I’m ready to move on to the next fitness tracker. Not sure which one yet.

But….. rumor has it the iWatch will be out soon! Starting price? $349

HERE’s a good review of the iWatch

HERE’s a fantastic XY wellness blog post on Fitness as a Lifestyle

References:

http://www.pcmag.com/article2/0,2817,2404445,00.asp

http://www.bestfitnesstrackerreviews.com/basis-watch-review.html

http://time.com/516/26-fitness-trackers-ranked-from-worst-to-first/

 

The Mr. Happy Team Triumphs at the Spartan Race

The Mr. Happy Team Triumphs at the Spartan Race

 

The Spartan race this past weekend was a tremendous  (painful) experience.

It was a potpourri of emotions: grueling, dizzying, disheartening, camaraderie and exhilarating.

The Mr. Happy team: Austin, Gary, Geo and Brandon. Having a good time before going to Mountain Creek, NJ.

 

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We arrive to the race. No pain yet,, just fun and laughter. Brandon (next to me)  is 17 years younger – and it showed. ;-) Very HOT and HUMID.

 

SparNephew

 

Good luck hugs all around as the Mr. Happy team gears up.

SparHugsStart

And here we go!

SparStart

 

By now we have already gone through the barbed wire crawl: a low crawl through mud under barbed wire for about 50 yards in length where my head got nicked and scratched. After a walk through about 20 yards of water shown below,  we continue.

SparGeoMud

Austin and Brandon, clearly in great shape as they pause and laugh after mile 2 while they wait for me and Gary.

SparAustin&Bran

Spoke too soon…. Brandon cramps up. MAN DOWN!

SpaCramp

 

Dr. Geo to the rescue!! Dijon mustard, water and salt to help Brandon with his cramps. Yellow mustard is thought to relieve cramps do to turmeric, which is used to give yellow mustard its color. Turmeric has many anti-inflammatory properties which are believed to enable the immediate relief. Cramps can be caused by a deficiency in acetylcholine, the neurotransmitter that stimulates muscles to work. Mustard contains acetic acid, which helps the body produce more acetylcholine. This approach has not been verified by scientific research but it seems to work.

 

SparGeoSaltBran

The Horizontal Wall Traverse is uses upper body, lower body, and core strength with a good dose of coordination to cross and tap the bell at the end. Gary shows great team effort by staying by me in case I fall. If I fall, I’d have to do 30 burpees. I don’t want to do burpees.

SparGeoSliding wall

Rope climbing? Oh no.  Austin is up.  My arms are dead after the Horizontal Wall Traverse. Rope Climb:  A rope is hung over a body of water/mud with a bell placed at the very top. Participants must “ring the bell” before climbing down.

SparGeolookingrope

Let’s do it!  And up we go.

SparGeoClimbingrope

Team effort is what its all about. Let’s go Gary, get up!

 

SparGeohelping gary

The penalty for missing the spear throw was 30 burpees. I was pooped by this point. Spear throw: from a distance of 20 yards we threw a wooden spear into a target. If the spear does not stick (and my didn’t) we had to do a penalty of 30 burpees.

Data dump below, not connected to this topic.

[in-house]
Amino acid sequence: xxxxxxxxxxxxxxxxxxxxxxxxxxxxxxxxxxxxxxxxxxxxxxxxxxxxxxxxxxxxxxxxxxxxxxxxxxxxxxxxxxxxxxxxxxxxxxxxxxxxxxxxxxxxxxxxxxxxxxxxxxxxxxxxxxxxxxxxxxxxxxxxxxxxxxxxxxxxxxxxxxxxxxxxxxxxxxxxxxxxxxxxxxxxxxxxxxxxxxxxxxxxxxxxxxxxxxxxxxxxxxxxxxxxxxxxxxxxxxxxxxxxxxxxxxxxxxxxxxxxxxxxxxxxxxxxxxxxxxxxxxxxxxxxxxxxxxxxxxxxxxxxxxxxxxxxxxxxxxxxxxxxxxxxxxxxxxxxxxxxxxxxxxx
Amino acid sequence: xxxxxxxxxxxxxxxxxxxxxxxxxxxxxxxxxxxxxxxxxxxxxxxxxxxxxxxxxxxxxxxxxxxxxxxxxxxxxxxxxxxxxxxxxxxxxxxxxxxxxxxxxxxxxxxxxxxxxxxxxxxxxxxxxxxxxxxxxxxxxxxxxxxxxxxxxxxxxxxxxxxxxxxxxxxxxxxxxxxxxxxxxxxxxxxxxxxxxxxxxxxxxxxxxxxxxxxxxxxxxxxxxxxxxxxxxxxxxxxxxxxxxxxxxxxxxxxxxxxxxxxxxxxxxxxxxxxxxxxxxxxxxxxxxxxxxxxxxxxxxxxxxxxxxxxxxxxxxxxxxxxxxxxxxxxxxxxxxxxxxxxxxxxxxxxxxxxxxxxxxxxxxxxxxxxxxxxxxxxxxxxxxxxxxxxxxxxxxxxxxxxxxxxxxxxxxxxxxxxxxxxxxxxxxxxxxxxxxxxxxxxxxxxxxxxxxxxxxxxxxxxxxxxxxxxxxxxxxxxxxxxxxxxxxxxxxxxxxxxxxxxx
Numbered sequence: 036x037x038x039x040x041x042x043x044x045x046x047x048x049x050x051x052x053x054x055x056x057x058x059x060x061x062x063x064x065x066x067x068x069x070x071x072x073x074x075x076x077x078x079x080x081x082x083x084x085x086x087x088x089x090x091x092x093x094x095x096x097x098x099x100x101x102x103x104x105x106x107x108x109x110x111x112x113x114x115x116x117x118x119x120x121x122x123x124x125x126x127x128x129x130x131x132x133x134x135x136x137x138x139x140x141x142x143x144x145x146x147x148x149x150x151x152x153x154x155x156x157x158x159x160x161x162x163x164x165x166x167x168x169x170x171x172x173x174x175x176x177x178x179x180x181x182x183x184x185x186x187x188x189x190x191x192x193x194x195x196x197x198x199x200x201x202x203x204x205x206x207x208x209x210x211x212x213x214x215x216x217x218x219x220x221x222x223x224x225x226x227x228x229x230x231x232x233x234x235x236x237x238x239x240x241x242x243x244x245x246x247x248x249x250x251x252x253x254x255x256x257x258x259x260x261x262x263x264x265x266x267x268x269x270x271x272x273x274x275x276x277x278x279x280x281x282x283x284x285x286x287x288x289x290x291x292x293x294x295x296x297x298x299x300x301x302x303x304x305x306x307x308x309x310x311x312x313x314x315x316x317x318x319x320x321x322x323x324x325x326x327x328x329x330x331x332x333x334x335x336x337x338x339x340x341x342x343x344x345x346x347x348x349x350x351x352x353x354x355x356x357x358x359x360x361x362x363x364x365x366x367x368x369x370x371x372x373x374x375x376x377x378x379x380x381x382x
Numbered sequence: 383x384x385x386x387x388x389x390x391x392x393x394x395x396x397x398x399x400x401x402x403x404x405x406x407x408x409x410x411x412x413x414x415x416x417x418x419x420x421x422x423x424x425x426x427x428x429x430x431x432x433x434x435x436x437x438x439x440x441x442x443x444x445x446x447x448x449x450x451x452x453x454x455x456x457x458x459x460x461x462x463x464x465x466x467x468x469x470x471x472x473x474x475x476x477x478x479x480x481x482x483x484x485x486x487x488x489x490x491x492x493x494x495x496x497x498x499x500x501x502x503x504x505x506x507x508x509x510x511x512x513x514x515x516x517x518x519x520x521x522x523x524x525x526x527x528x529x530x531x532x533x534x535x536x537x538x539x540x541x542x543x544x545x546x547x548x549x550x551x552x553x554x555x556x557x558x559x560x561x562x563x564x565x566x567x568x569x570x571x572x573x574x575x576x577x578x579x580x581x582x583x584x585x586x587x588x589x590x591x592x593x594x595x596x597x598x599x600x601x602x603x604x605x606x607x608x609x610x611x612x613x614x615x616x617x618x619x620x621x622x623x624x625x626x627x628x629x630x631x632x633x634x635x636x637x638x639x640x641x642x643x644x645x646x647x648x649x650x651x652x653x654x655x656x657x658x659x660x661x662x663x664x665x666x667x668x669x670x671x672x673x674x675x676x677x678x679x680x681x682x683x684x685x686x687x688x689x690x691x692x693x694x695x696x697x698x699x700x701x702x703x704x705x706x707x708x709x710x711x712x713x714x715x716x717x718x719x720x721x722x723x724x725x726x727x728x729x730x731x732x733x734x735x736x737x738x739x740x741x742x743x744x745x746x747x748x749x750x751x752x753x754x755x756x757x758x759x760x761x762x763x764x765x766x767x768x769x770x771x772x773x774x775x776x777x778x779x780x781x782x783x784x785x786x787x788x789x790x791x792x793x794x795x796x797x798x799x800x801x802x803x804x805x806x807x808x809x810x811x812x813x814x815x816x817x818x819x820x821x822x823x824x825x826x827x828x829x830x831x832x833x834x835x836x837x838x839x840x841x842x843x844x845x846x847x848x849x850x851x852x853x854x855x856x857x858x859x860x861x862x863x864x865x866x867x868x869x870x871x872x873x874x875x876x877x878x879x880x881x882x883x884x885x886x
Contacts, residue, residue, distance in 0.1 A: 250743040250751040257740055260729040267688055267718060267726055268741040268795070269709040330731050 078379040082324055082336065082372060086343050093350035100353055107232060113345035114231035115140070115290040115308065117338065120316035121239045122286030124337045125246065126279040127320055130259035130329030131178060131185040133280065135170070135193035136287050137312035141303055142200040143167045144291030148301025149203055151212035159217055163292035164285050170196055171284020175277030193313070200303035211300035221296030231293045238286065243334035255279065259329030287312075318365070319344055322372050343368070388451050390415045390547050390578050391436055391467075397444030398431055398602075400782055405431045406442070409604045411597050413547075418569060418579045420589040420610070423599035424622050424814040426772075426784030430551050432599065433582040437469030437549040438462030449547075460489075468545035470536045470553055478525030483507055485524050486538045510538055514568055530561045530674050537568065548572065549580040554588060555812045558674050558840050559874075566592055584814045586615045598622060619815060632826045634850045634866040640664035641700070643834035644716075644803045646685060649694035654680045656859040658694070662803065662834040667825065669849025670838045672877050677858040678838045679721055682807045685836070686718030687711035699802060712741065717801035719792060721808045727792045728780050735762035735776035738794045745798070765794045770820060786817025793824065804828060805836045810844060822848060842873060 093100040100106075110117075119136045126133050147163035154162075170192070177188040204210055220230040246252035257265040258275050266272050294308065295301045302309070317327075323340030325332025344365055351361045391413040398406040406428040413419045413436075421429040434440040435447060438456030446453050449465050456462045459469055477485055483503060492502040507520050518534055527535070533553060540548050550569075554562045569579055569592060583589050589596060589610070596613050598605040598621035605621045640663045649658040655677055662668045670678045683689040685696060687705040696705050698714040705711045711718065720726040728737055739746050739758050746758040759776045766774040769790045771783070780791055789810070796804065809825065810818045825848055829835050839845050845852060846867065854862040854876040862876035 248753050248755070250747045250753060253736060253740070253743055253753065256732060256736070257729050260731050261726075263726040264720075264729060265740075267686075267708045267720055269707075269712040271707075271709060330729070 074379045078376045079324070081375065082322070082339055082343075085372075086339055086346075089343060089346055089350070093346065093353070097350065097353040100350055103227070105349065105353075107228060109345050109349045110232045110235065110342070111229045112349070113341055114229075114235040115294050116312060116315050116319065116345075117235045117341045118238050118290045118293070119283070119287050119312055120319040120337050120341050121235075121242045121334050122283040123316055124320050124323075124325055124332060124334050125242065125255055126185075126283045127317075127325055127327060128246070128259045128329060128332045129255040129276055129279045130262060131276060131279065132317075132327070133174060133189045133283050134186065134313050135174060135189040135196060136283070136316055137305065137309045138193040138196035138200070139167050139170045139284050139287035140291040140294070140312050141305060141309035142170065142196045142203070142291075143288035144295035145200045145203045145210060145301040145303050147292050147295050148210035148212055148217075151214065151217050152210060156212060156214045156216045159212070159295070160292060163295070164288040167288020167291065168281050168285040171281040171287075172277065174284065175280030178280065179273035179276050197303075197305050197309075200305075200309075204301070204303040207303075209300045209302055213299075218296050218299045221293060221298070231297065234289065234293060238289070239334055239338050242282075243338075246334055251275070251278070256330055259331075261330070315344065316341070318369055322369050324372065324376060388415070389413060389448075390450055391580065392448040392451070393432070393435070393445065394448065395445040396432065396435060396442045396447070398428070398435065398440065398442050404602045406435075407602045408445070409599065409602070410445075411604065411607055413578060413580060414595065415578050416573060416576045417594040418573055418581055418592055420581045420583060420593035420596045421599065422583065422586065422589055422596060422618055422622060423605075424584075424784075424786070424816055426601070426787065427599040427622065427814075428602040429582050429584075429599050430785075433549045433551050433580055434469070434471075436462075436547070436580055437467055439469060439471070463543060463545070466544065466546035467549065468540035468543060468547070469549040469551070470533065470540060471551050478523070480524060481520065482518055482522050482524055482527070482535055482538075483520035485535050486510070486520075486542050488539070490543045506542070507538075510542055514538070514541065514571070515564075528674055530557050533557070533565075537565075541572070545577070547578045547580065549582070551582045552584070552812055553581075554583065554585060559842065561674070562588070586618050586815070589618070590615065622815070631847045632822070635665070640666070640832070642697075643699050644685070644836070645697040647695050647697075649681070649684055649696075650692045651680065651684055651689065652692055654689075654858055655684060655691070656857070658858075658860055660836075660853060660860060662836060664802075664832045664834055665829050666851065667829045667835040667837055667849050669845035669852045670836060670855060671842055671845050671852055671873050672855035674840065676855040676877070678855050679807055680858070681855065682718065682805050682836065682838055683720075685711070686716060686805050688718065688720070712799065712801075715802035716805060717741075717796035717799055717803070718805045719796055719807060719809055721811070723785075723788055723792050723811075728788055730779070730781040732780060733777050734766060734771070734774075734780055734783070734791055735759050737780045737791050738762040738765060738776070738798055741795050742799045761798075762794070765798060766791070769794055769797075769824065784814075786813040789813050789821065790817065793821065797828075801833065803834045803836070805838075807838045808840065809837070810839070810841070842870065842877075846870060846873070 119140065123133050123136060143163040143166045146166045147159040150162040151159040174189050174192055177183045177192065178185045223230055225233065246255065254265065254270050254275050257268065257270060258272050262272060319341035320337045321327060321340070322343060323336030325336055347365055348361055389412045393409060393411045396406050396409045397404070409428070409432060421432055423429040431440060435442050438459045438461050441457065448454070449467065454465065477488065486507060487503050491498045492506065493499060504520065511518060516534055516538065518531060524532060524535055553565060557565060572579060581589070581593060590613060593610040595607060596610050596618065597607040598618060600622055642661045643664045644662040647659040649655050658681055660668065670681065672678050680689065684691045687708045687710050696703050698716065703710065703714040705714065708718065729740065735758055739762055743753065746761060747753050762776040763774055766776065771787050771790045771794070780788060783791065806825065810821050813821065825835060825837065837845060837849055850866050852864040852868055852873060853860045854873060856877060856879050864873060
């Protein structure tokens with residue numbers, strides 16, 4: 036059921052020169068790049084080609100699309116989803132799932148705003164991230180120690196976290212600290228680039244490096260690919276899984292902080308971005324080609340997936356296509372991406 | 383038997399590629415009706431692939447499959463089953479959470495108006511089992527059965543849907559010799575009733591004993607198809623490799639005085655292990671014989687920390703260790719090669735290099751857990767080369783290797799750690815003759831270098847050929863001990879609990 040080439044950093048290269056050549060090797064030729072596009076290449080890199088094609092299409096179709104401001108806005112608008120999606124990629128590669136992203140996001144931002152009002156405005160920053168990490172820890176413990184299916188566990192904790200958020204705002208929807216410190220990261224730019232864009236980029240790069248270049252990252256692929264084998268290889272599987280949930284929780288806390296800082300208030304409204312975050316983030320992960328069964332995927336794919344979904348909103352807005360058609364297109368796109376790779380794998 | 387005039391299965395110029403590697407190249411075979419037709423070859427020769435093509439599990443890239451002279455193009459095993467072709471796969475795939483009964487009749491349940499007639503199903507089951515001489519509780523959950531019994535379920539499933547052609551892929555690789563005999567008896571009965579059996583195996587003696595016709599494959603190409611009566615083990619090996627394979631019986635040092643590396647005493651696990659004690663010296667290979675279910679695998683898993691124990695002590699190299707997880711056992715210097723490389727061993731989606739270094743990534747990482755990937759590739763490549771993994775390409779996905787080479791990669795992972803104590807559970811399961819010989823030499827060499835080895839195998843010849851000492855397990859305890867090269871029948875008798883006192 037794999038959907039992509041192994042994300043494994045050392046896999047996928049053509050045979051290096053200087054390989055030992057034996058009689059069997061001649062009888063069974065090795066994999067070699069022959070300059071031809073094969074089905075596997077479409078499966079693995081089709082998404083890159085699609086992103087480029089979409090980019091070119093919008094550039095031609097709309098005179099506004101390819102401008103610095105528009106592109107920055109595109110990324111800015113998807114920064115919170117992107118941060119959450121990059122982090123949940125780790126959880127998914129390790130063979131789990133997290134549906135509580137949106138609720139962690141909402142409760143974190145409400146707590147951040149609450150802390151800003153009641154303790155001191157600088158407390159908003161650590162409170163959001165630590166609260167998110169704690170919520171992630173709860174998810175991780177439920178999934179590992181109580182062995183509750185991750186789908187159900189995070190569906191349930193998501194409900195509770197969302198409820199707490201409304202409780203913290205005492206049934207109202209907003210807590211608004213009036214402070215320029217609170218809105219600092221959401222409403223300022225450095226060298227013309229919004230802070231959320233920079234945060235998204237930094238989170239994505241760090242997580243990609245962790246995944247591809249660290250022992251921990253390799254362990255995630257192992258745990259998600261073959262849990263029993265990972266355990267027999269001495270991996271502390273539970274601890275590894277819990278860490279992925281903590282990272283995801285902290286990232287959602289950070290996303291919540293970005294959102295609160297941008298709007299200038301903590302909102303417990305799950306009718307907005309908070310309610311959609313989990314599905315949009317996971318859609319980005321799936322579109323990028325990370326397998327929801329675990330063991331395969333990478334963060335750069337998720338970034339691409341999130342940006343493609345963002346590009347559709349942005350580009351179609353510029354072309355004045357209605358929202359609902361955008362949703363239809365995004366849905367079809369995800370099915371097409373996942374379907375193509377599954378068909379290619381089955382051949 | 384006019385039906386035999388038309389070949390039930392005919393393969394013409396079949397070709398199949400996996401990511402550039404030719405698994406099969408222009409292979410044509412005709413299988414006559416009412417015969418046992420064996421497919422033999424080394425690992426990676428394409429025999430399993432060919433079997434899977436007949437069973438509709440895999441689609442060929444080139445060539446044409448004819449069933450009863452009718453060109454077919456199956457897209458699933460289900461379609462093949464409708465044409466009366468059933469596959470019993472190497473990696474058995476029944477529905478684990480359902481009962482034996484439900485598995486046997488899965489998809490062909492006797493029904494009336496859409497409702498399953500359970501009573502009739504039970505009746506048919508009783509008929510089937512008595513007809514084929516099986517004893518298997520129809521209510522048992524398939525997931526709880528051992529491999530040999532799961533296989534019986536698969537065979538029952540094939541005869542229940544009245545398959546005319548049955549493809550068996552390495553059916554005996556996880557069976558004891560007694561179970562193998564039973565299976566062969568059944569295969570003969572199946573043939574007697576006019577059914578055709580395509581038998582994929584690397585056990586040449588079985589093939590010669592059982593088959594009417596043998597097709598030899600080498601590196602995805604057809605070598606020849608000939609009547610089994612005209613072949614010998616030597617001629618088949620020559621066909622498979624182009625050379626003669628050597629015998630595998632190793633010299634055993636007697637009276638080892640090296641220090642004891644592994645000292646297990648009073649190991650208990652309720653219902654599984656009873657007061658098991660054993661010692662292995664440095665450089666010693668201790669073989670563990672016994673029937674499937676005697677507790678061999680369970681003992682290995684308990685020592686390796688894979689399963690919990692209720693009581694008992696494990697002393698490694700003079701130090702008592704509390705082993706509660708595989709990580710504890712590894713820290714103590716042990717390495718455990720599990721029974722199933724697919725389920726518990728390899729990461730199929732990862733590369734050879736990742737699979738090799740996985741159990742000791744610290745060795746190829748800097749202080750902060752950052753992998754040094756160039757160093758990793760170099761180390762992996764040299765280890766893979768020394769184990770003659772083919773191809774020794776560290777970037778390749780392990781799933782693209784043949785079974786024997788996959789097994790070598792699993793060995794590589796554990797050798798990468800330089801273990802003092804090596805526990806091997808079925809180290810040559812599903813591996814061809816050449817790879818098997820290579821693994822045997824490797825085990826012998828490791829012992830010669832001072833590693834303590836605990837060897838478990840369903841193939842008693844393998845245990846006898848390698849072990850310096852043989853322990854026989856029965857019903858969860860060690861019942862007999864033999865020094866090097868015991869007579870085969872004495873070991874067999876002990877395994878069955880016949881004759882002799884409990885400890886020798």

DSC_0511

 Object carry:  Throughout the course we carried a tire, rock-filled bucket, boulder and sandbag. Now I am dizzy and my legs are numbed – I can barely feel them. God help me.

SparGeoRock

I lost my grip. My arms give out.  I don’t know if I could make it further. Crazy!

SparGeorocksdown

Whew! I made it. Barely. Gary now has a swollen ankle. Is it broken? Or just a sprain? I don’t know.

DSC_0388

Where’s Gary? Looking for Gary who  decided to go through the rock/bucket challenge with a (I think) sprained leg. C’mon Brandon, let’s go get him.

SparFlukFar

Found him. Let’s Go Gary!!! You can do it brother!

DSC_0411

YES!!! What grit! You did it brother!

DSC_0415

 

Just when I  question my decision on doing this, I read this guys shirt. And that’s exactly the message  I need to read. Let’s GO!

SparRedSHirt

After a few more wall climbs, one herculean hoist and a log jump, the Mr. Happy team made it to the finish line.

 Wall climb: as the name suggests, runners must climb over a wooden wall. Walls range from 4–8 feet and are often in sequence. This obstacle may be repeated throughout the course.

 Herculean Hoist: pulled a cement off the ground using a pulley system.

Log Jump: Logs are arranged in a zig-zag pattern at varying heights and participants have to hop on them without touching the ground. A true test of balance. Yup, I failed this one too but made it through Gary’s help.

SparFinish

8.5 miles and 28 obstacles later… We jumped over  fire and made it to the end. In pain. No energy to smile. The Mr. Happy Team Triumphs!

SparTheEnd_3006

Will I do it again? I’m too sore to answer that right now. There were times where I felt like I was going to vomit. Some delirium also set in around mile 6. It was too hot and those obstacles were grueling.

We definitely pushed ourselves to the limit.

Mr. Happy Blog with more pics

4 things I learned by doing the  biggest physical challenge of my life:

1. The human spirit is able to do anything to survive

2. People are genuinely good and want to help each under  extreme circumstances

3. I need to lose 15 pounds.

4. I’m not in optimal spartan shape.

OK, so,,, who’s in for the next one?

If curious, see this 1 minute plus video on the spartan race.

Adulterated Herbal Supplements – what you need to know

 

Last week news took hold on the contamination and adulteration of herbal products.

According to this study, Canadian researchers looked at numerous bottles from 12 companies and found that what was on the label was different than what was about 30% of bottles tested. Many of the herbal products were adulterated with fillers such as wheat, rice and soybeans.